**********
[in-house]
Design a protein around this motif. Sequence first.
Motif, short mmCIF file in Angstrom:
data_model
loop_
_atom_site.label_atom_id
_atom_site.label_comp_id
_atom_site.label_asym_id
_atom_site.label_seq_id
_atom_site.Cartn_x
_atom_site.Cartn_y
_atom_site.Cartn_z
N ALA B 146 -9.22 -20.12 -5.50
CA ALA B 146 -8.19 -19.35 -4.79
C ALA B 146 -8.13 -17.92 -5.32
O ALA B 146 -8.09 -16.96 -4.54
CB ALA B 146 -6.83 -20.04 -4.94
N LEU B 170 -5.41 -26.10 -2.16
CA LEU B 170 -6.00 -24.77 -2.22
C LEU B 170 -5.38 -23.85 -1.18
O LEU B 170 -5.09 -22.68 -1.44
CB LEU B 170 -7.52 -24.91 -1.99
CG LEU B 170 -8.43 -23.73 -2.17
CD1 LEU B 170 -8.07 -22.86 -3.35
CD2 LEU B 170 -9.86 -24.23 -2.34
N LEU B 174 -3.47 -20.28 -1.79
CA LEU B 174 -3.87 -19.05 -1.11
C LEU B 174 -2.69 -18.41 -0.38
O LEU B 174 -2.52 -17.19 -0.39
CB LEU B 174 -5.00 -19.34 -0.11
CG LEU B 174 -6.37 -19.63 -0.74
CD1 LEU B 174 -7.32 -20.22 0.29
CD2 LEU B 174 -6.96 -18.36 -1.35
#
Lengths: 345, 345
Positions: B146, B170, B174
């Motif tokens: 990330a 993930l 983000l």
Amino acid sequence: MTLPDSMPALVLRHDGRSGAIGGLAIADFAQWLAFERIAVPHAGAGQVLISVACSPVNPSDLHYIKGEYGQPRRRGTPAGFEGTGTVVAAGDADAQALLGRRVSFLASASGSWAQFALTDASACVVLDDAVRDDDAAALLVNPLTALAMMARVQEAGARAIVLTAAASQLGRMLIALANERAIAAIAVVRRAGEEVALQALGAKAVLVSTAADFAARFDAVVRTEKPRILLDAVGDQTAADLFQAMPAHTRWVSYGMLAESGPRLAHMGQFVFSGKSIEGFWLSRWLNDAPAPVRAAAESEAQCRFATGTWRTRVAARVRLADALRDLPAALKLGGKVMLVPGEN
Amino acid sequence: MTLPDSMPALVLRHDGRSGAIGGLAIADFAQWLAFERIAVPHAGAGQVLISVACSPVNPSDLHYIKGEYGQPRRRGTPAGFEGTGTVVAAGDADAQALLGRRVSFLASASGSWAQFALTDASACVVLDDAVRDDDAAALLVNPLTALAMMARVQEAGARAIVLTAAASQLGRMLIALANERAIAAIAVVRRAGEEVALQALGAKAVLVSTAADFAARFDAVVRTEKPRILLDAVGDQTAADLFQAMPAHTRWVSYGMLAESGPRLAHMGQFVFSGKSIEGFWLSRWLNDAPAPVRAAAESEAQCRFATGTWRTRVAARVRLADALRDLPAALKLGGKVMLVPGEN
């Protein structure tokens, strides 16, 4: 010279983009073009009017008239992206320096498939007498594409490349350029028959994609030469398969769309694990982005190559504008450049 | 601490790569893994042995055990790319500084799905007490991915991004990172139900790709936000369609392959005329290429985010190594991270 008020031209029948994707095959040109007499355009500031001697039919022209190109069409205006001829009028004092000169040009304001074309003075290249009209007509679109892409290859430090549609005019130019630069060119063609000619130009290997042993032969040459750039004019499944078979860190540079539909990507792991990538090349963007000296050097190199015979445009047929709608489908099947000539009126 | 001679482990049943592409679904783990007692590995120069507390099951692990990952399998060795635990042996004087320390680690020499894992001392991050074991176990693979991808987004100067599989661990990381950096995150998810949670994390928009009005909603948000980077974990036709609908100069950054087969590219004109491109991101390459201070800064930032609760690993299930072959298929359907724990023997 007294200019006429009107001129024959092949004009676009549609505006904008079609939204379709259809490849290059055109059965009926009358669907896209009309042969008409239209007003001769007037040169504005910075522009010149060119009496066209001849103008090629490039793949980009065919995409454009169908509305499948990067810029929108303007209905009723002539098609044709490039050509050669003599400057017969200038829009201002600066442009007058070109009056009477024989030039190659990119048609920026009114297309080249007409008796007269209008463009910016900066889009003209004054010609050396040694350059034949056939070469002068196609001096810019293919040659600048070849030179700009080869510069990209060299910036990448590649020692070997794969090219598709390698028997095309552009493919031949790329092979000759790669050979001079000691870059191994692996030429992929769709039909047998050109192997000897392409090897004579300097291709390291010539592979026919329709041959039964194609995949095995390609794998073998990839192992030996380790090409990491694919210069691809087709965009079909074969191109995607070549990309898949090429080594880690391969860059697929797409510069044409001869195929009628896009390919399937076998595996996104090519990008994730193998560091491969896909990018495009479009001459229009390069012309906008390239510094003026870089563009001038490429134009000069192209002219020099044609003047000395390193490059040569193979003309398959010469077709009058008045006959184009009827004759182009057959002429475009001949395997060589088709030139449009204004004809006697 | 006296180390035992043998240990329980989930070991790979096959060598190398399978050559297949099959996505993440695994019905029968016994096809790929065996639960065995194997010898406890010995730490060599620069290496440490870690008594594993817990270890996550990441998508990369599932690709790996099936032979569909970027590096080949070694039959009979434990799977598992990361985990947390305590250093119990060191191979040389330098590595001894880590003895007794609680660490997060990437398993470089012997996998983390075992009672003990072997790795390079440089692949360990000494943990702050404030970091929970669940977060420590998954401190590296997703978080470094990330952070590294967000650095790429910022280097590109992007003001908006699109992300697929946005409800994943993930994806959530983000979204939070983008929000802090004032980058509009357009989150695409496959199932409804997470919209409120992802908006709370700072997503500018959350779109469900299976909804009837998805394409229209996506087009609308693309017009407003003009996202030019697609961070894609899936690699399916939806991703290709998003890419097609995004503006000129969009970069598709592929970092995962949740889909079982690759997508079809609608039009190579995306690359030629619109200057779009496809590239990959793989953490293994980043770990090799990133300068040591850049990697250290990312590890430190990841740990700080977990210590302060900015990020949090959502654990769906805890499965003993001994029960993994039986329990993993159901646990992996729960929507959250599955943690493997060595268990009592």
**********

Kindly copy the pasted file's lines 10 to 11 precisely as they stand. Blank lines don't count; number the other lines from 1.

_atom_site.Cartn_x
_atom_site.Cartn_y